How to Breathe While Running at High Elevation

"Priceless" mountain vistas may in fact have a cost: oxygen.

"Priceless" mountain vistas may in fact have a cost: oxygen.

As of 2010, there were more than 310 million people in the United States, and only a relative handful lived at high altitude; Denver, Colorado was the only metropolitan area in the country with a population greater than 1 million situated over 5,000 feet above sea level. The implications? If you're a low-living distance runner and travel to, say, a ski town in the Rockies or a resort in California's Sierra Nevada mountain range, your unsuspecting cardiorespiratory system faces serious challenges.

Start your run at a pace that is much slower than usual. Even if you feel "normal" before you start exercising, the effects of altitude become much more apparent when your oxygen demands increase.

Breathe using a pattern that matches your footsteps in some way, such as inhaling for two steps and exhaling for two: a 2-2 pattern. Experiment with different patterns such as 3-3, 2-3 or 3-4. What is most comfortable will, of course, depend on your effort level.

Inhale deeply, focusing on letting your abs loosen on inspiration and contract on expiration; this is "belly breathing" and not only helps you draw complete breaths, but may help forestall side stitches.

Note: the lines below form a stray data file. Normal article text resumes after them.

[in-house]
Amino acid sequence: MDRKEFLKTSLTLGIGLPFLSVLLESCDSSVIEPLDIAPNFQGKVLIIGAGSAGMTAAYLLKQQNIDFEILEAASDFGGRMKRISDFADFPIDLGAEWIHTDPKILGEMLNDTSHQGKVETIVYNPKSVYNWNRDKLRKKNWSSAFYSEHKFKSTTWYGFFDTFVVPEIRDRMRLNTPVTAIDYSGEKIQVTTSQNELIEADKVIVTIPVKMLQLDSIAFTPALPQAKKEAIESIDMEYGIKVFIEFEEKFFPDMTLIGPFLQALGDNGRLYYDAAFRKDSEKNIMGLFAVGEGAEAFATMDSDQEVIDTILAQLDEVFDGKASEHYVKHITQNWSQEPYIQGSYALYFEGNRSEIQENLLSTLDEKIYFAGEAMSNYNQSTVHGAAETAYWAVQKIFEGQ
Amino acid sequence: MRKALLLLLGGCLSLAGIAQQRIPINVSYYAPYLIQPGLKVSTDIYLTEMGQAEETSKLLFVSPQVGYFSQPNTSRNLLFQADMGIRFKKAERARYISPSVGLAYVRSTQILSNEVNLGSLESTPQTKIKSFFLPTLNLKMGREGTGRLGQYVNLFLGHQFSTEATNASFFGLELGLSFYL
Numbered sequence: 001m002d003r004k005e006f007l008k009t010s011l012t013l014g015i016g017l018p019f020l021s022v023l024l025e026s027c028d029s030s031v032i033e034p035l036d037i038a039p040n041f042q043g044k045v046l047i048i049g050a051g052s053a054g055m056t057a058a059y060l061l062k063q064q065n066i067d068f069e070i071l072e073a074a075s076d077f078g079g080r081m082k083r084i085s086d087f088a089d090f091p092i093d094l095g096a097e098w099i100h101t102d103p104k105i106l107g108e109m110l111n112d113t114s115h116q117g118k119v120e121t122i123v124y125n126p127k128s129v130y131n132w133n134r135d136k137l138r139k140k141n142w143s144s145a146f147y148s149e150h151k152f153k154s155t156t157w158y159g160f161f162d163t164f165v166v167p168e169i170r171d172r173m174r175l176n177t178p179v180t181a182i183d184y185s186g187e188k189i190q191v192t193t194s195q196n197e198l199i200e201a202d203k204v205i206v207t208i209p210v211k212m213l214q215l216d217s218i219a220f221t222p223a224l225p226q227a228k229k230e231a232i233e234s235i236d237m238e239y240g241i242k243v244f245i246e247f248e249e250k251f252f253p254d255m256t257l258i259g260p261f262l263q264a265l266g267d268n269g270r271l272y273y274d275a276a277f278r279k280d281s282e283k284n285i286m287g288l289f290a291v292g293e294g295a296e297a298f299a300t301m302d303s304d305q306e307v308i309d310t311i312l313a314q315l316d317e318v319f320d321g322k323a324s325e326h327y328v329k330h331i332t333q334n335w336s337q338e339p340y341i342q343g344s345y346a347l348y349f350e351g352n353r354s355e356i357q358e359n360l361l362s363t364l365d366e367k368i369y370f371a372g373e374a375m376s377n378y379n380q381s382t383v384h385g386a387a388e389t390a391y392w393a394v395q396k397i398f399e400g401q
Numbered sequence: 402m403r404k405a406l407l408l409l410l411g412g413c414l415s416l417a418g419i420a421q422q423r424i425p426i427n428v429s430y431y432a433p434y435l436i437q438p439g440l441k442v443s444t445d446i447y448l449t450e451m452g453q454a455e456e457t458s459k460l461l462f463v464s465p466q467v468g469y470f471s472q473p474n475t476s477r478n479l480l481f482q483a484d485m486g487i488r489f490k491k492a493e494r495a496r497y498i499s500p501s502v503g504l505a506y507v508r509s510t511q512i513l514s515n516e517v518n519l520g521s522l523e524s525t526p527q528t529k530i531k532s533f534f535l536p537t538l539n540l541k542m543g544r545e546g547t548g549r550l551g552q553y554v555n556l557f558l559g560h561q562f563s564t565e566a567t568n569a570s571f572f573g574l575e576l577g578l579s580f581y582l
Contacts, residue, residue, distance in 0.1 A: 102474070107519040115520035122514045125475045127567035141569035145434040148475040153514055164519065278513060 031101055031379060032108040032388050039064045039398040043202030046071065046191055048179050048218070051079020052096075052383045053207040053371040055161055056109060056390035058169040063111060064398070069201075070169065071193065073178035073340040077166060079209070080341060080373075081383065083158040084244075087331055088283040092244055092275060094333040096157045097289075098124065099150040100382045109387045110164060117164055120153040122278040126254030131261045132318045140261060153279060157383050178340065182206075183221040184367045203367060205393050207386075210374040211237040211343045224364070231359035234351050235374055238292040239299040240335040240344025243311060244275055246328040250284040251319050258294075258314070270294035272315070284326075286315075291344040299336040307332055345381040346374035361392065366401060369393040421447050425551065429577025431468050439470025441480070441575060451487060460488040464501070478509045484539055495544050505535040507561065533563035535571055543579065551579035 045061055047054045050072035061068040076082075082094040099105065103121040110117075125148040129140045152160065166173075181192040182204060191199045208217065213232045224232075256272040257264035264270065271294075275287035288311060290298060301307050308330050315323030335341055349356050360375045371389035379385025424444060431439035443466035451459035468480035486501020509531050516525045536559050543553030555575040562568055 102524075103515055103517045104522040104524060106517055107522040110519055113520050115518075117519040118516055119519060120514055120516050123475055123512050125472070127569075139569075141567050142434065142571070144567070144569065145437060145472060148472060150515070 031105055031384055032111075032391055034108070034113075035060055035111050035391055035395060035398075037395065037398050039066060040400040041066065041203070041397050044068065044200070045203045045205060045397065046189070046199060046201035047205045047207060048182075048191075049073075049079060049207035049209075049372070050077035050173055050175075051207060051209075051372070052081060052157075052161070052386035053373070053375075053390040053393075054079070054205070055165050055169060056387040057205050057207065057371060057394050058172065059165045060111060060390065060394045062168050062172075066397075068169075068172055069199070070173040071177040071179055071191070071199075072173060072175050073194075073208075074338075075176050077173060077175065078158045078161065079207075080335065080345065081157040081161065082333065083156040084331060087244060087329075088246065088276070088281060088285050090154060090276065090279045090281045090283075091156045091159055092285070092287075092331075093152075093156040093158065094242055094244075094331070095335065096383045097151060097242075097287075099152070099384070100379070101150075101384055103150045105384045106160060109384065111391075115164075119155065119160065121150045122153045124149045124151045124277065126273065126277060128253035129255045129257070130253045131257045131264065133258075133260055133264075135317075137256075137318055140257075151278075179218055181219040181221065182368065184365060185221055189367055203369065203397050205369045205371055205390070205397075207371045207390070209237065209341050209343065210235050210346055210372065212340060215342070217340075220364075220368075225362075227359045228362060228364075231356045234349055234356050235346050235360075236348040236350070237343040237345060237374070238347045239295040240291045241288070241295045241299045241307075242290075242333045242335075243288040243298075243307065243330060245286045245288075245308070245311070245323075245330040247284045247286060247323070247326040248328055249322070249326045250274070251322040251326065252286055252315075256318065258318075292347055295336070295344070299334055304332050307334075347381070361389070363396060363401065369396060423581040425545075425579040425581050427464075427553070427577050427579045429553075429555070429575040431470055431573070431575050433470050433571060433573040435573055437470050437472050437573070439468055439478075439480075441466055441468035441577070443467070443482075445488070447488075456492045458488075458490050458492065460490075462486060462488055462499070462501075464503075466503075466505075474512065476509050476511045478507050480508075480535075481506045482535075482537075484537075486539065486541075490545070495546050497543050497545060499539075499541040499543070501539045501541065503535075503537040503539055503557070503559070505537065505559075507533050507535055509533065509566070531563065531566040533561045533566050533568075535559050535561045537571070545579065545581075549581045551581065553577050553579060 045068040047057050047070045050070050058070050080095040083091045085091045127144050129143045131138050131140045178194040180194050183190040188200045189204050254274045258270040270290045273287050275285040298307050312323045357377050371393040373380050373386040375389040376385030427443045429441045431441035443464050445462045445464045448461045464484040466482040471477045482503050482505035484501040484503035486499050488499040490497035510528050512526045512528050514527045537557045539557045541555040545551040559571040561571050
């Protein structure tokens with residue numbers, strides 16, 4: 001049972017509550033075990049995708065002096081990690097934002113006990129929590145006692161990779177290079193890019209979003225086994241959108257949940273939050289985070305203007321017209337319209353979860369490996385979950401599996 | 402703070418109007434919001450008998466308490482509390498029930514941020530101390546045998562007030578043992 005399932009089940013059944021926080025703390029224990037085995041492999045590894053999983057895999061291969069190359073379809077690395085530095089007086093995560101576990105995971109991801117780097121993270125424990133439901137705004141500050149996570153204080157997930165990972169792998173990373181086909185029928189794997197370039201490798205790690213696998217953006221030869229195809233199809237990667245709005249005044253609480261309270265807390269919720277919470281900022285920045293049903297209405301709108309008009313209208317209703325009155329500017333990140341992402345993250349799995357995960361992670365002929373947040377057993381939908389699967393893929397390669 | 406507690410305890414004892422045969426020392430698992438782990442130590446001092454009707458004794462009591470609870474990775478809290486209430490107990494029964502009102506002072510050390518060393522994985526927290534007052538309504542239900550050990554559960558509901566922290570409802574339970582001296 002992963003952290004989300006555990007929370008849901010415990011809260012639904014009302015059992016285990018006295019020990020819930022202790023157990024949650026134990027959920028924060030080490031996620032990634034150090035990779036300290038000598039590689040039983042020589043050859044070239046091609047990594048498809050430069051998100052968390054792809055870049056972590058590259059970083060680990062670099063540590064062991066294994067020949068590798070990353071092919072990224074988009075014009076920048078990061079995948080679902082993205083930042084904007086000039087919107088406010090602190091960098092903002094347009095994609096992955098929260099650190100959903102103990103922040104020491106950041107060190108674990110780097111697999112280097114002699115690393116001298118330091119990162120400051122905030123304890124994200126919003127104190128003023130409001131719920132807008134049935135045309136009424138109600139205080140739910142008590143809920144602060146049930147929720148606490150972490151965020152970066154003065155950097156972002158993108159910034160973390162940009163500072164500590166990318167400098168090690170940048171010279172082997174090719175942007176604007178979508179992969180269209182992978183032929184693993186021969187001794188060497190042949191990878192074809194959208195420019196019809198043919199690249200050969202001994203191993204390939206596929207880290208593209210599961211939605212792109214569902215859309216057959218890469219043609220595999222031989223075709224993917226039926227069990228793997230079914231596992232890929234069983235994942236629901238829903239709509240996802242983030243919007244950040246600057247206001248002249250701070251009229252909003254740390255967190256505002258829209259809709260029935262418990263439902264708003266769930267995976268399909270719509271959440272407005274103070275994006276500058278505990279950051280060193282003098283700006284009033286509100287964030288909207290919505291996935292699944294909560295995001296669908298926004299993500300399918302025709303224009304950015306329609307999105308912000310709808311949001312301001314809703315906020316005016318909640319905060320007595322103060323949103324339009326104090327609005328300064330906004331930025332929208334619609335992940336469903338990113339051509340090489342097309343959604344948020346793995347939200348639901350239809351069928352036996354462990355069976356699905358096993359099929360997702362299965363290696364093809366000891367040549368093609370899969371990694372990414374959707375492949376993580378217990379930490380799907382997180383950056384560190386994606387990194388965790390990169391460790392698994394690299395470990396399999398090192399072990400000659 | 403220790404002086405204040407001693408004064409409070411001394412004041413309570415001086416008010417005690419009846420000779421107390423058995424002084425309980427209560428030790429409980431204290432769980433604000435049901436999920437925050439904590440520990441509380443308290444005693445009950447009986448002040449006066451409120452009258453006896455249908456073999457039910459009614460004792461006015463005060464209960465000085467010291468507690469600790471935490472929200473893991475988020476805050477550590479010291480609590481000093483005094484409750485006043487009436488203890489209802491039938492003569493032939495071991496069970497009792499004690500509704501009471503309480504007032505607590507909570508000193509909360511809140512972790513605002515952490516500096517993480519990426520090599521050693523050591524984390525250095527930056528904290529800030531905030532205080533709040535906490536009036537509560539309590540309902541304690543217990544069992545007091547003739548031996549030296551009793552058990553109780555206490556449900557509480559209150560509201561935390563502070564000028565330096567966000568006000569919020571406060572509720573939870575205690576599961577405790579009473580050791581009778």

Relax your body and focus on your effort, not your pace. Remind yourself that the phenomenon of "air hunger" you may be experiencing at especially high altitudes is to be expected and that you can manage it with conscious effort.

Items you will need

  • Running shoes and attire
  • Sunscreen
  • Stopwatch

Tips

  • Consult an online resource such as the Runworks calculator to determine what your sea-level pace converts to at your present altitude. For example, if you are in Colorado Springs, with a mean elevation of 6,172 feet, and normally run 5K in 25:00, you can expect to run about 25:45 with the same effort.
  • Different people handle exercising at high elevations differently, and adjust to it at different rates and to various degrees. Don't be surprised if the training partner you normally match stride for stride is either struggling to keep up or leaving you in the dust.

Warnings

  • Drink plenty of water before and during your trip. It is easy to become dehydrated at high elevation because the low air pressure means that moisture more easily evaporates from your skin, and this water loss is insidious since you won't see it leaving your body like you would if you were, say, sweating buckets in the muggy atmosphere of Florida.
  • Wear sunscreen, as ultraviolet rays are less filtered by thinner air.
 

About the Author

L.T. Davidson has been a professional writer and editor since 1994. He has been published in "Triathlete," "Men's Fitness" and "Competitor." A former elite cyclist with a Master of Science in exercise physiology from the University of Miami, Davidson is now in the broadcast news business.

Photo Credits

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